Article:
Karai et al. [40] reported a strong positive relationship between blood lead and erythrocyte Na+, K+-ATPase activity in lead-exposed workers. Lee et al. [41] showed that the activation of Na+, K+-ATPase induced a positive inotropic effect. This was attributable to increased Ca2+ influx through L-type Ca2+ channels and subsequent sarcoplasmatic reticulum Ca2+ release via activation of the Src/Erk1/2 signaling cascade. Our results showed an increase of Na+, K+-ATPase activity that was independent of the increased expression of the alpha-1 subunit of this pump. Brock et al. [42], Muscella et al. [43], and Zhang and Mayeux [44] demonstrated a sustained increase in Na+, K+-ATPase activity caused by Angiotensin II. Thus, the increase of ATPase activity we found in our experimental conditions could be associated with the activation of RAS also found in this study.

However, as described years ago, NKA activity in the heart also helps to synchronize contractile activity generating a positive inotropic effect. This synchronization occurs because the cardiac myocytes gain a better resting potential. A slight hyperpolarization occurs resulting in a better fast component generation and consequently a synchronized contraction [45]. Moreover, as previously reported [46], in the vessels lead increases NKA activity, which reduces vascular tone avoiding an increase of DAP. Based on this we believe that the increased NKA activity in the vasculature is the reason to counteract a vasoconstrictor action.

Although observing several similarities among our findings and the findings obtained with chronic treatments it is necessary to consider one fact. Acute events trigger cellular responses usually in a different direction. For example, an increased β-adrenergic stimulation produces, after a time, downregulation of these receptors. In such case a chronic response is inverted compared to the acute one. Indeed, we found in cardiac isolated preparations chronically treated with lead a reduction of the inotropic response to isoproterenol. This was interpreted by the results from Carmignani et al. [27] as a consequence of the increased sympathetic tone. However, we should add that results obtained from acute administration enable us to know which mechanisms might act as a trigger for hypertension. Considering that acute responses are different from those observed with chronic treatments they will enable a better understanding of the natural history of lead-induced hypertension and, consequently, its treatment.

In summary, we found that acute exposure to lead induced an increase in systolic arterial pressure that was associated with increased angiotensin II levels due to ACE activation. These findings also indicate that blood lead concentrations lower than the reference concentration are a risk factor capable of affecting cardiovascular function. Thus, the results presented here provide guidance for revising the lead concentrations considered to be safe and to be toxic.


Notes

Competing Interests: The authors have declared that no competing interests exist.

Funding: This study was supported by grants from CAPES (Coordenação de Aperfeiçoamento de Pessoal de Nível Superior) and CNPq (Conselho Nacional de Desenvolvimento Científico e Tecnológico)/FAPES (Fundação de Amparo à Pesquisa do Espírito Santo)/FUNCITEC (Fundação de Ciência e Tecnologia)(39767531/07), Brazil and from MCINN (Ministerio de Ciencia e Innovación) (SAF 2009- 07201) and ISCIII (Instituto de Salud Carlos III) (Red RECAVA- Red Temática de Investigación en Enfermedades Cardiovasculares del Instituto de Salud Carlos III, RD06/0014/0011), Spain. The funders had no role in study design, data collection and analysis, decision to publish, or preparation of the manuscript.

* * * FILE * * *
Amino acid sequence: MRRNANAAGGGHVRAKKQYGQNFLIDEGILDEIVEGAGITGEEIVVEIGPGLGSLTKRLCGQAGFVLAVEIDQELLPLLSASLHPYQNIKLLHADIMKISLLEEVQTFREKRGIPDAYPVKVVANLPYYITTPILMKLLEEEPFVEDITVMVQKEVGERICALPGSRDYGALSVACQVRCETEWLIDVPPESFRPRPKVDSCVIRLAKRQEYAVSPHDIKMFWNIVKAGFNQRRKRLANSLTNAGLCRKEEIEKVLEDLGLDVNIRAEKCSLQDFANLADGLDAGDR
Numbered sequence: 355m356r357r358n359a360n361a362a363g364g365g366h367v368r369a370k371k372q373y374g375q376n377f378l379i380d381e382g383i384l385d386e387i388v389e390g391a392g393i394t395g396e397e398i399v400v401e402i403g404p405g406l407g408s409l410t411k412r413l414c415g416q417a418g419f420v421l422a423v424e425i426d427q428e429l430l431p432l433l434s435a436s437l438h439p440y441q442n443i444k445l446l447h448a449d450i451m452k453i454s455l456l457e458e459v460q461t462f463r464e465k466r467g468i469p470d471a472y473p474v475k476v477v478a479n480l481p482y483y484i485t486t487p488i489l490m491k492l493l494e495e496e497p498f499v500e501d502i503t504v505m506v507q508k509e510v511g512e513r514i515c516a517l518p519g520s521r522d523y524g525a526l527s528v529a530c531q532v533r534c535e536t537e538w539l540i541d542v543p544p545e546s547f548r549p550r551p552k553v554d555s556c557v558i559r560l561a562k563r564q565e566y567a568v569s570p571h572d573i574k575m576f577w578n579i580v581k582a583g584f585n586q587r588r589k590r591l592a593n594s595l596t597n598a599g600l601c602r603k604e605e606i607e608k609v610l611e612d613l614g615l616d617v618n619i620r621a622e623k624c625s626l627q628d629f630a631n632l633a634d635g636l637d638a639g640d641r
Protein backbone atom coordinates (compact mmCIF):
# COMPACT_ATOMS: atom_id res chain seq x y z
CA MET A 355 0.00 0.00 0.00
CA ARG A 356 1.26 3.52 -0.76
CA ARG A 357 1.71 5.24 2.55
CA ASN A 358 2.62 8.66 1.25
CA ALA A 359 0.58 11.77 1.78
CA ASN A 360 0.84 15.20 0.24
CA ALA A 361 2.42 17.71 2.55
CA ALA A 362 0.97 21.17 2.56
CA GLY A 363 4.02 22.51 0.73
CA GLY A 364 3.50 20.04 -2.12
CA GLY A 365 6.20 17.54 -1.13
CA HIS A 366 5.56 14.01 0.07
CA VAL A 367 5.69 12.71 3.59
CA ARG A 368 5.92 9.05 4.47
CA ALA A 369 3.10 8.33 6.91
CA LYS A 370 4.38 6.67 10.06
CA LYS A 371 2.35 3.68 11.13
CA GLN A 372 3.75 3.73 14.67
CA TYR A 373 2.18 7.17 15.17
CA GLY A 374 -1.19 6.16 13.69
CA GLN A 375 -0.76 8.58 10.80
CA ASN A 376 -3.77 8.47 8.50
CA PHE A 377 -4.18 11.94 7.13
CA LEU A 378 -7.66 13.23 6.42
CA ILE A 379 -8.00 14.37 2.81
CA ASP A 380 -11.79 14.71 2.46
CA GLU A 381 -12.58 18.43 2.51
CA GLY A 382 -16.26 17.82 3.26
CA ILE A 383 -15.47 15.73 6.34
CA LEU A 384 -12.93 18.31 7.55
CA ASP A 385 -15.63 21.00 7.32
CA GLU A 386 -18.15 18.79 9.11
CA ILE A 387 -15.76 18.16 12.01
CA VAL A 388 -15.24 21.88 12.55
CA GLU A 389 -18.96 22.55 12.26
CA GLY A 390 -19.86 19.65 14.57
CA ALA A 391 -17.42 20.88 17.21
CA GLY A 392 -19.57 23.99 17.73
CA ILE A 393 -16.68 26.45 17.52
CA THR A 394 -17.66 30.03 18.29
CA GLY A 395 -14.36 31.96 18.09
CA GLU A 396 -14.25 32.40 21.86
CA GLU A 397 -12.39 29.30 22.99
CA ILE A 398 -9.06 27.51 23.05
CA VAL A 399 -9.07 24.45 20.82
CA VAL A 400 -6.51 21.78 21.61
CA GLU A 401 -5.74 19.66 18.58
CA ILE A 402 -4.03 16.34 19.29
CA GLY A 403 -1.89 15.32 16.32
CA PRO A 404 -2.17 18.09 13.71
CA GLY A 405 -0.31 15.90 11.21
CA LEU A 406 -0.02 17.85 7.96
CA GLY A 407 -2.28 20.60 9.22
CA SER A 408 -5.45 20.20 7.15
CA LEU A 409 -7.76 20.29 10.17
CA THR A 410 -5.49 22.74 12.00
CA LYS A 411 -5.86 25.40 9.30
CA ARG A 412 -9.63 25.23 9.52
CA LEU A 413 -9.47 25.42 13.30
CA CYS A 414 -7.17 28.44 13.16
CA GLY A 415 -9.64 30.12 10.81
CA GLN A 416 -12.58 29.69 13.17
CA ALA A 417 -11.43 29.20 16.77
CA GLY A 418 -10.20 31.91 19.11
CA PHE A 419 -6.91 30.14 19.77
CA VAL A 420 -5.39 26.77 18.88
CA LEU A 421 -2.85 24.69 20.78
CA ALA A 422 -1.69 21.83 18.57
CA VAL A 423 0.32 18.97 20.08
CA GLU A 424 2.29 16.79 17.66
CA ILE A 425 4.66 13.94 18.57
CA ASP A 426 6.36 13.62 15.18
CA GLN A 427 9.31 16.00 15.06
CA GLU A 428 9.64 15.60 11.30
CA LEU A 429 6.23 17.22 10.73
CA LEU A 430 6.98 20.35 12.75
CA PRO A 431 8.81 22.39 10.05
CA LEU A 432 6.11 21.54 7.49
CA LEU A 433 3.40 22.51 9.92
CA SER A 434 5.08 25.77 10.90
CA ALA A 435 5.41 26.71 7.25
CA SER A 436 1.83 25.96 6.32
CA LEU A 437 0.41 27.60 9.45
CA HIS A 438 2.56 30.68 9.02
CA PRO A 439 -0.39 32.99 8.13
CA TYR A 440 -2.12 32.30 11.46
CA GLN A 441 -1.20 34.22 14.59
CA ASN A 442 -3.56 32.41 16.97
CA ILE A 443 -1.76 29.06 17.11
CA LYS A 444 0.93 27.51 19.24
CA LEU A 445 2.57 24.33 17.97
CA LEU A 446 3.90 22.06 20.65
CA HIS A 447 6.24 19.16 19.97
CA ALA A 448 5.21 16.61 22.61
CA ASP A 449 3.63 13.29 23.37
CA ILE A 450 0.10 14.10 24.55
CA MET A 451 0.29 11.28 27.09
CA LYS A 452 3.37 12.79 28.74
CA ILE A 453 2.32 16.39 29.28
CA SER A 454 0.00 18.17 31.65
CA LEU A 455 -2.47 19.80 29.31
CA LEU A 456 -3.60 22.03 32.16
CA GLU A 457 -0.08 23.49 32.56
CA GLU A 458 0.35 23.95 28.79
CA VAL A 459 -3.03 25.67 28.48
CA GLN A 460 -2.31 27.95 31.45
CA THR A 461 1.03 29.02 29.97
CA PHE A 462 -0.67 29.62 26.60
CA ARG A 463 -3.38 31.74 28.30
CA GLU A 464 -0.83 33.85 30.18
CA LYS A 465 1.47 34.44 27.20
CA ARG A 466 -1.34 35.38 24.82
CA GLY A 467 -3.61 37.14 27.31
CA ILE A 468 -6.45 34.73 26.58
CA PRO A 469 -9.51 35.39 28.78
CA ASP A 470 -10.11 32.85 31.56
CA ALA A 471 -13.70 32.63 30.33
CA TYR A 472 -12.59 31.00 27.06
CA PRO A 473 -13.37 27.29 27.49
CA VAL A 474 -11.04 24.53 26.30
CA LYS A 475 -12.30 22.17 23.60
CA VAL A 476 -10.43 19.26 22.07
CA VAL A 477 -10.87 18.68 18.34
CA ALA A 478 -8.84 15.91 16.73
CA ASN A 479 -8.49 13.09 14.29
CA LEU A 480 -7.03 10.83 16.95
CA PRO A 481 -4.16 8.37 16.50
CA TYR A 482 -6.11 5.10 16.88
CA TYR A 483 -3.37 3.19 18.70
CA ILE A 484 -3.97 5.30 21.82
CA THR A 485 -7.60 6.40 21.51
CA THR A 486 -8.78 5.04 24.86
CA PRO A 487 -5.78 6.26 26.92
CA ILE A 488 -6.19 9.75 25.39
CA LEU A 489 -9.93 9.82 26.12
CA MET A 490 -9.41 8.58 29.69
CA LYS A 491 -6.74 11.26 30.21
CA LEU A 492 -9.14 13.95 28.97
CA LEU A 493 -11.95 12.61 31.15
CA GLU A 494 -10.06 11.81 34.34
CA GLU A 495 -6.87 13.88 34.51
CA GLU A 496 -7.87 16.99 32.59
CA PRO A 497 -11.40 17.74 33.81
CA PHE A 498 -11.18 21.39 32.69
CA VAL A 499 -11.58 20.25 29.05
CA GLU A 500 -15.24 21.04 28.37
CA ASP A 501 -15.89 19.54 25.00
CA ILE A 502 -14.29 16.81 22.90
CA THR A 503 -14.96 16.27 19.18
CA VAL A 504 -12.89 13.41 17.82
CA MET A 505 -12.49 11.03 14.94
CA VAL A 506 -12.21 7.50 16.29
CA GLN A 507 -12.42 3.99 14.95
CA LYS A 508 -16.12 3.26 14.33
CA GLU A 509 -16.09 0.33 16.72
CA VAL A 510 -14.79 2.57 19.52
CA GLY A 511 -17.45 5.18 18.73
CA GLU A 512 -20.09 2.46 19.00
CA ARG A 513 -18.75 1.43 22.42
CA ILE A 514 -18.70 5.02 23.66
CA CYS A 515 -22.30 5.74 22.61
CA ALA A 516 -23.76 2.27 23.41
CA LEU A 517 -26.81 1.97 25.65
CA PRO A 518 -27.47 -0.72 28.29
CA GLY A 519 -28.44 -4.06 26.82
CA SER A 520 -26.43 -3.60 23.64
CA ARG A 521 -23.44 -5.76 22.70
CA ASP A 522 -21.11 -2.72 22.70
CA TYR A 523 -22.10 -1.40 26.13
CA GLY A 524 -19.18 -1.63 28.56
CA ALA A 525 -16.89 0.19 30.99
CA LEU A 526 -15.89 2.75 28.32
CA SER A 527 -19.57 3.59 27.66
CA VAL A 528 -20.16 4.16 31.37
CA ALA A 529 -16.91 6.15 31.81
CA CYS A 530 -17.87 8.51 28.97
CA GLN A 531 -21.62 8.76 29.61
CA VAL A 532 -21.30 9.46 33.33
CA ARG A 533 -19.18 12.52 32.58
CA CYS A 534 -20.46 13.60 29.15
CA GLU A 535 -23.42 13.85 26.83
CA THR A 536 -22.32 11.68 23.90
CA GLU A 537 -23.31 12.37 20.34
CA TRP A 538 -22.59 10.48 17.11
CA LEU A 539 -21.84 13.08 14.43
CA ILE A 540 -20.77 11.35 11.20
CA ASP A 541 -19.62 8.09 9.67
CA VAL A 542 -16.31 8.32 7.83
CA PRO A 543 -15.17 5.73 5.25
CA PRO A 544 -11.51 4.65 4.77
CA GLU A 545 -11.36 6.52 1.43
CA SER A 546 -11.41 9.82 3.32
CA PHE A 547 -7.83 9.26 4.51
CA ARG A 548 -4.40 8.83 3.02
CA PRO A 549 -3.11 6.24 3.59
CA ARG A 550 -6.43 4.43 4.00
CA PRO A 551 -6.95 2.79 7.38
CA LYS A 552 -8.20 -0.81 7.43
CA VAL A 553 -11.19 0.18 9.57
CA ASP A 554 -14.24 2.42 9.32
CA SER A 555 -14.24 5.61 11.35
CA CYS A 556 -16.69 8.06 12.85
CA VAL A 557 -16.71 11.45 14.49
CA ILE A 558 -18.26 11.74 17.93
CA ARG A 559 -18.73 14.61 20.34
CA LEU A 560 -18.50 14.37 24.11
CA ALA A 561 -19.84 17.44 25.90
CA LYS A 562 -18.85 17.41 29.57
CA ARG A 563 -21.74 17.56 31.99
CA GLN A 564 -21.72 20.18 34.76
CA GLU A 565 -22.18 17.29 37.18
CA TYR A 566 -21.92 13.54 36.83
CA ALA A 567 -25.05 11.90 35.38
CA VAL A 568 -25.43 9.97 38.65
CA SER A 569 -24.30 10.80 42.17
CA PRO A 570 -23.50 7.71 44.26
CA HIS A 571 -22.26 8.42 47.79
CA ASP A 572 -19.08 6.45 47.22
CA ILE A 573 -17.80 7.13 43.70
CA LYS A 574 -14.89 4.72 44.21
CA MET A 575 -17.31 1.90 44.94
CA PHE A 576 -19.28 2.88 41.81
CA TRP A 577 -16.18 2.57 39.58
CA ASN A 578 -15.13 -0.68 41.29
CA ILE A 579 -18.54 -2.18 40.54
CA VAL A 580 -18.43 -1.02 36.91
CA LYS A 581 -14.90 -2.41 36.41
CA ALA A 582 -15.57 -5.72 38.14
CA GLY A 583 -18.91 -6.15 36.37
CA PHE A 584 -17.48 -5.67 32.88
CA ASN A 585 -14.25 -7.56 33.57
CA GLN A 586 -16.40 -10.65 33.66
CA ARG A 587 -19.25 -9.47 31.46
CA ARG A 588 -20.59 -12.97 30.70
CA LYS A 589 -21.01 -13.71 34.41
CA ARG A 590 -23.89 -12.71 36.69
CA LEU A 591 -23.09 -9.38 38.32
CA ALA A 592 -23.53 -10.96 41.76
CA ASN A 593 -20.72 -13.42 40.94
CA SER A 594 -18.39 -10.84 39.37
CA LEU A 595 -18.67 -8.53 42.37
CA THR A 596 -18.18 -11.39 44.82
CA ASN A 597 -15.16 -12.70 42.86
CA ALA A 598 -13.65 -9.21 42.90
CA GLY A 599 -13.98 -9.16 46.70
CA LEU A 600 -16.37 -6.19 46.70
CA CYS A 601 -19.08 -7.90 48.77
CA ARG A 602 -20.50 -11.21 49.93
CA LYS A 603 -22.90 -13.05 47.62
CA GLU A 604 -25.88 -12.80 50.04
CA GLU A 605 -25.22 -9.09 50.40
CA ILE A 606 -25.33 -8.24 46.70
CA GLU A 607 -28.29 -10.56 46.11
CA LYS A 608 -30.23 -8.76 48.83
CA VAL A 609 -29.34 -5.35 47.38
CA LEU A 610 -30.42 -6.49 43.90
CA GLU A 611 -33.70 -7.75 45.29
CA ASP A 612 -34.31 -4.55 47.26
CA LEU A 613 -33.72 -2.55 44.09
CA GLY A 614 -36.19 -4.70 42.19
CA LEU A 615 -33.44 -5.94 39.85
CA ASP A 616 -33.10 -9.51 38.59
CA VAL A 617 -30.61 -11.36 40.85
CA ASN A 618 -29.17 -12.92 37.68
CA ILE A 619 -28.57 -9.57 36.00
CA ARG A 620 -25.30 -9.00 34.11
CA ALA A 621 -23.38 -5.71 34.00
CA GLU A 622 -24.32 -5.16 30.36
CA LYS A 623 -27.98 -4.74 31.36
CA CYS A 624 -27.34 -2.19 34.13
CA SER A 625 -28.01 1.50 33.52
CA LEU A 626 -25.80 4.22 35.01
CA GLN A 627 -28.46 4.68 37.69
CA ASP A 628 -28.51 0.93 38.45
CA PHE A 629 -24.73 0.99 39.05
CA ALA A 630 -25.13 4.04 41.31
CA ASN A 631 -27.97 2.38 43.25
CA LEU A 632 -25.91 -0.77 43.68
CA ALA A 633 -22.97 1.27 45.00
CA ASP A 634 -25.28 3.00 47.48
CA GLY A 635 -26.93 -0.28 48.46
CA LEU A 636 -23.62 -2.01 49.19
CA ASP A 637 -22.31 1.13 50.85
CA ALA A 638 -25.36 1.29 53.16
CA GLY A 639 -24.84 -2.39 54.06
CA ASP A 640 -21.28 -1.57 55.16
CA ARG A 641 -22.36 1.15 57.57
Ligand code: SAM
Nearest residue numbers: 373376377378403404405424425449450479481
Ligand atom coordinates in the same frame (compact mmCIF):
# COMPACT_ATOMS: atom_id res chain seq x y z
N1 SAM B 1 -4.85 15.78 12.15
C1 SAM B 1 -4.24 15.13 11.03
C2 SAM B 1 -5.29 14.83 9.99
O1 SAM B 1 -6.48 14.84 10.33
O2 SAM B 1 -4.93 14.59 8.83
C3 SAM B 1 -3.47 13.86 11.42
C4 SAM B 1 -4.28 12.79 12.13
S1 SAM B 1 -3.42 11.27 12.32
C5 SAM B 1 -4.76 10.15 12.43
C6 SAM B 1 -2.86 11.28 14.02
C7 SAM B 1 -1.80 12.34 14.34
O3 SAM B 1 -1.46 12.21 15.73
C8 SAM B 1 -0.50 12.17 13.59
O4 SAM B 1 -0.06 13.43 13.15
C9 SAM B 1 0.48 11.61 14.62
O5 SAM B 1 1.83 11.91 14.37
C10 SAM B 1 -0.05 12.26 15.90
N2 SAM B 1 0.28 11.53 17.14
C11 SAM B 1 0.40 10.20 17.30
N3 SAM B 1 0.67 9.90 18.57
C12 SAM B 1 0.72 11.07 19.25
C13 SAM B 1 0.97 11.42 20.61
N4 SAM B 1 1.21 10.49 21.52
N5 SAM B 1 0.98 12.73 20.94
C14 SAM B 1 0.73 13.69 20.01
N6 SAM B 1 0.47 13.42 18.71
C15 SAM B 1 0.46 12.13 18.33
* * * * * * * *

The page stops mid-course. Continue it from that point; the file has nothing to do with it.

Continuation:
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Figures

[Figure ID: pone-0018730-g001]
doi: 10.1371/journal.pone.0018730.g001.
Figure 1  Changes in arterial pressure.

Changes in systolic arterial pressure-SAP (A and C) and diastolic arterial pressure-DAP (B and D) before (Ct) and after Losartan (Los) or Enalapril (Enal) administration and following lead exposure (Los+Pb; Enal+Pb). A and B show the Losartan protocol; C and D show the Enalapril protocol. *p<0.05 compared with untreated controls. The number of animals used is indicated in parentheses.



[Figure ID: pone-0018730-g002]
doi: 10.1371/journal.pone.0018730.g002.
Figure 2  Effects of lead on protein expression and ACE activity.

Effects of lead exposure on the protein expression of the (A) AT1 and (B) AT2 receptors and on (C) ACE activity. *p<0.05 compared with untreated controls. The number of animals used is indicated in parentheses.



[Figure ID: pone-0018730-g003]
doi: 10.1371/journal.pone.0018730.g003.
Figure 3  Changes in arterial pressure.

Changes in systolic arterial pressure (SAP) and diastolic arterial pressure (DAP) before (Ct) and after Hexamethonium (Hexa) administration and following lead exposure (Hexa+Pb). *p<0.05 compared with untreated controls. The number of animals used is indicated in parentheses.



[Figure ID: pone-0018730-g004]
doi: 10.1371/journal.pone.0018730.g004.
Figure 4  Effects of lead on protein expression and Na+, K+-ATPase activity.

Effects of lead exposure on (A) Na+, K+- ATPase activity and (B) the protein expression of the α1 subunit of Na+, K+- ATPase. *p<0.05 compared with untreated controls. The number of animals used is indicated in parentheses.



Tables
[TableWrap ID: pone-0018730-t001] doi: 10.1371/journal.pone.0018730.t001.
Table 1  Hemodynamic parameters upon acute lead exposure.
Ct (0 min) 30 min 30 min 30 min 30 min
SAP(mmHg) 108±3 113±3 118±3* 118±3* 120±4*
DAP(mmHg) 60±3 60±3 61±3 62±3 63±4
HR(bpm) 334±13 348±14 370±27 369±23 365±16

SAP- systolic arterial pressure, DAP- diastolic arterial pressure, HR- heart rate, Ct- Control. The results are expressed as the mean ± SEM.

*p<0.05 compared with controls (time 0); n = 10.